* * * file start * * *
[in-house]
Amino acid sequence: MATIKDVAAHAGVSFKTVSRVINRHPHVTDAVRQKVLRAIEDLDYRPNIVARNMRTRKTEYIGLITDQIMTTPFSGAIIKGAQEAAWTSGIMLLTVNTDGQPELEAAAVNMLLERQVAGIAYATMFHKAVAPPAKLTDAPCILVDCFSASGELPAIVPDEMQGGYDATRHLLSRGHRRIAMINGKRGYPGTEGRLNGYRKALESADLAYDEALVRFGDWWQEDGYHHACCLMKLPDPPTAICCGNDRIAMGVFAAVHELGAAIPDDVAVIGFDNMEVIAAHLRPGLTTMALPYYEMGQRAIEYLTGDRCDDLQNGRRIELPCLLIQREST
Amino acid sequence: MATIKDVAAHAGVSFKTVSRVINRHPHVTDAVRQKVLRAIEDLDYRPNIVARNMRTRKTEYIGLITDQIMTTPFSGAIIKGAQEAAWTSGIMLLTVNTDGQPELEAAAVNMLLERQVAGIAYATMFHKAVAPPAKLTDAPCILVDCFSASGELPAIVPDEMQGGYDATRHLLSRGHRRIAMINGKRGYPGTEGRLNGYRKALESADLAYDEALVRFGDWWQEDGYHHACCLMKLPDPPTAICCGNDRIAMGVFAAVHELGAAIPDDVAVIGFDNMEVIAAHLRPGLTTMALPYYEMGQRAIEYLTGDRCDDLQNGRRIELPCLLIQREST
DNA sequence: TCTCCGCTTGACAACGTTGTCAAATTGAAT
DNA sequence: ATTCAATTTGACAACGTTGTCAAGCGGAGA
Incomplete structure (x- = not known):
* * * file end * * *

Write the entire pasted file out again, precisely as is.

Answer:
[in-house]
Amino acid sequence: MATIKDVAAHAGVSFKTVSRVINRHPHVTDAVRQKVLRAIEDLDYRPNIVARNMRTRKTEYIGLITDQIMTTPFSGAIIKGAQEAAWTSGIMLLTVNTDGQPELEAAAVNMLLERQVAGIAYATMFHKAVAPPAKLTDAPCILVDCFSASGELPAIVPDEMQGGYDATRHLLSRGHRRIAMINGKRGYPGTEGRLNGYRKALESADLAYDEALVRFGDWWQEDGYHHACCLMKLPDPPTAICCGNDRIAMGVFAAVHELGAAIPDDVAVIGFDNMEVIAAHLRPGLTTMALPYYEMGQRAIEYLTGDRCDDLQNGRRIELPCLLIQREST
Amino acid sequence: MATIKDVAAHAGVSFKTVSRVINRHPHVTDAVRQKVLRAIEDLDYRPNIVARNMRTRKTEYIGLITDQIMTTPFSGAIIKGAQEAAWTSGIMLLTVNTDGQPELEAAAVNMLLERQVAGIAYATMFHKAVAPPAKLTDAPCILVDCFSASGELPAIVPDEMQGGYDATRHLLSRGHRRIAMINGKRGYPGTEGRLNGYRKALESADLAYDEALVRFGDWWQEDGYHHACCLMKLPDPPTAICCGNDRIAMGVFAAVHELGAAIPDDVAVIGFDNMEVIAAHLRPGLTTMALPYYEMGQRAIEYLTGDRCDDLQNGRRIELPCLLIQREST
DNA sequence: TCTCCGCTTGACAACGTTGTCAAATTGAAT
DNA sequence: ATTCAATTTGACAACGTTGTCAAGCGGAGA
Incomplete structure (x- = not known):